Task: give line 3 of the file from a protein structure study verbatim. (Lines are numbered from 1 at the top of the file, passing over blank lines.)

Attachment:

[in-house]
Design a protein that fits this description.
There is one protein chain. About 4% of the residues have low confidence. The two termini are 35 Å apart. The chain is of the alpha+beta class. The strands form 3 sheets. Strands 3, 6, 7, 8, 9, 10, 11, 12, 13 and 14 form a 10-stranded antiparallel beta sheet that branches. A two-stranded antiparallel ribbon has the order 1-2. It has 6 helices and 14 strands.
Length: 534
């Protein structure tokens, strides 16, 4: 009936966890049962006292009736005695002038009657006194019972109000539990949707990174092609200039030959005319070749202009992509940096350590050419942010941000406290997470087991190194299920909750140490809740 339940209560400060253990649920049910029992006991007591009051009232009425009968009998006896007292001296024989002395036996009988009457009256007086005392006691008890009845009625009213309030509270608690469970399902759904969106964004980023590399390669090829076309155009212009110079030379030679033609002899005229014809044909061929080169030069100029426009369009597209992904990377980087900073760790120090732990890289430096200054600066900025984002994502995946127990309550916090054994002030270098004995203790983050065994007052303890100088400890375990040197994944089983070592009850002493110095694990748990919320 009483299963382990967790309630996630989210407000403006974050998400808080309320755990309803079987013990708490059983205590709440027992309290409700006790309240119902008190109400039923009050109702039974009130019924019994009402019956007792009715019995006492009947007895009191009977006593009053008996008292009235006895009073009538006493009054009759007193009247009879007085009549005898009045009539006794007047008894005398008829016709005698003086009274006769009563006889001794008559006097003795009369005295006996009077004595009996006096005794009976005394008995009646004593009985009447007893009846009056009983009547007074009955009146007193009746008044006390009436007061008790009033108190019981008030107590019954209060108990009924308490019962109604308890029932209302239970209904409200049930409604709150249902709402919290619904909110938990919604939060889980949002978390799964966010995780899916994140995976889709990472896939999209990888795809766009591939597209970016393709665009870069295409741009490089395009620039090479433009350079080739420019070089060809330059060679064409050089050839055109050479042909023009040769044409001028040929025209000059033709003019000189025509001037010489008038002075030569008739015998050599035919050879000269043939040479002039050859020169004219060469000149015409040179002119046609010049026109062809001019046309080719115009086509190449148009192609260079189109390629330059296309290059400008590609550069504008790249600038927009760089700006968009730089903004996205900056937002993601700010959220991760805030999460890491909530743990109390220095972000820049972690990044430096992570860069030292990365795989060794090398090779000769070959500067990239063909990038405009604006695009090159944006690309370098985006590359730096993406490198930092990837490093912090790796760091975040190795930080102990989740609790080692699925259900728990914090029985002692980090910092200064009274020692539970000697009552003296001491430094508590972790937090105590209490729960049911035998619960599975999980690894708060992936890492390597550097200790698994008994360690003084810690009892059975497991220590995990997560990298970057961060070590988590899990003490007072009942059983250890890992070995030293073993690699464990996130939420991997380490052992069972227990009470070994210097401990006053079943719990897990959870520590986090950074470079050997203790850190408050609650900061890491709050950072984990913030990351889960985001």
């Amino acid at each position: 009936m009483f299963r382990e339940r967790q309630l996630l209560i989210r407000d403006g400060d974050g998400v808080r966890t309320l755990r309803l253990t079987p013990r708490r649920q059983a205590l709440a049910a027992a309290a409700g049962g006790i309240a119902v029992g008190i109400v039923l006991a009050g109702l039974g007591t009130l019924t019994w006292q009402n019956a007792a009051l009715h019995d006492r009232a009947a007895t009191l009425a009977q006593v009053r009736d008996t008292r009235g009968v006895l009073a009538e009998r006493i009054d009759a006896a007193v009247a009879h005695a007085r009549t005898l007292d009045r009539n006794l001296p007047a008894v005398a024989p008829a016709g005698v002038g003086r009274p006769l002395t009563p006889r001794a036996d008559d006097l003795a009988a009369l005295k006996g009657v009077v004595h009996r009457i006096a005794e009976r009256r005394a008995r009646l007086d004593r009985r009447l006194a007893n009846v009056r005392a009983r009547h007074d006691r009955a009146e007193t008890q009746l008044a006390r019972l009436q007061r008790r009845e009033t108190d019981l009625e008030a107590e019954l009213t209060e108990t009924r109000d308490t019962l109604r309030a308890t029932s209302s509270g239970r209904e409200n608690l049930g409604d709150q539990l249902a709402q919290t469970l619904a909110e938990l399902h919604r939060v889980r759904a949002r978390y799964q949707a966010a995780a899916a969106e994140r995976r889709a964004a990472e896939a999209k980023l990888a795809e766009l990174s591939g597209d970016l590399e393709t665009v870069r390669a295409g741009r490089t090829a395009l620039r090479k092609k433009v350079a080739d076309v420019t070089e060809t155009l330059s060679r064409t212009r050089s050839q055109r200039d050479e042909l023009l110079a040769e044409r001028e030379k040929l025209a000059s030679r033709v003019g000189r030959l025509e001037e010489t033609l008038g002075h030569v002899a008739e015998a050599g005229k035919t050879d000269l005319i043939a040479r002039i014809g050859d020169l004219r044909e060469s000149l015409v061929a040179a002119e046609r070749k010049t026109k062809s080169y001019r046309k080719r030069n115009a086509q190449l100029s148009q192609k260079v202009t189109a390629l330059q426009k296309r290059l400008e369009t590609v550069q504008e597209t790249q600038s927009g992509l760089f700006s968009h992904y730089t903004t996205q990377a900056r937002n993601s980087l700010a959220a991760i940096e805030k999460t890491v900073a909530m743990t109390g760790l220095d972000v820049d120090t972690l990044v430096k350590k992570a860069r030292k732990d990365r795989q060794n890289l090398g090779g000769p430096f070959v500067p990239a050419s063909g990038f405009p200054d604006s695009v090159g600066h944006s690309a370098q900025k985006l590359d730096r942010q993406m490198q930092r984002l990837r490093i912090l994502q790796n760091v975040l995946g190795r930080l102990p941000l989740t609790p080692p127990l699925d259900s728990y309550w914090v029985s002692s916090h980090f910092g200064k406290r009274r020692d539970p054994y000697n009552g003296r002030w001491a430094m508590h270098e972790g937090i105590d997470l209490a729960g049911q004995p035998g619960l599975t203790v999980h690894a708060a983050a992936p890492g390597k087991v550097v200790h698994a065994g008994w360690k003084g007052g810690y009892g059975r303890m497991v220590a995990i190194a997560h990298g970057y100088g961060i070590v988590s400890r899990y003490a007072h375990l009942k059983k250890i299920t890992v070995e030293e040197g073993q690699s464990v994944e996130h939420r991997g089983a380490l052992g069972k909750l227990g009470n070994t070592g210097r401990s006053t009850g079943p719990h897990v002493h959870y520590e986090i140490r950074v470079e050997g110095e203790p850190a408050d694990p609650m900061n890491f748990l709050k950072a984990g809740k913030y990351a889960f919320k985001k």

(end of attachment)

There is one protein chain. About 4% of the residues have low confidence. The two termini are 35 Å apart. The chain is of the alpha+beta class. The strands form 3 sheets. Strands 3, 6, 7, 8, 9, 10, 11, 12, 13 and 14 form a 10-stranded antiparallel beta sheet that branches. A two-stranded antiparallel ribbon has the order 1-2. It has 6 helices and 14 strands.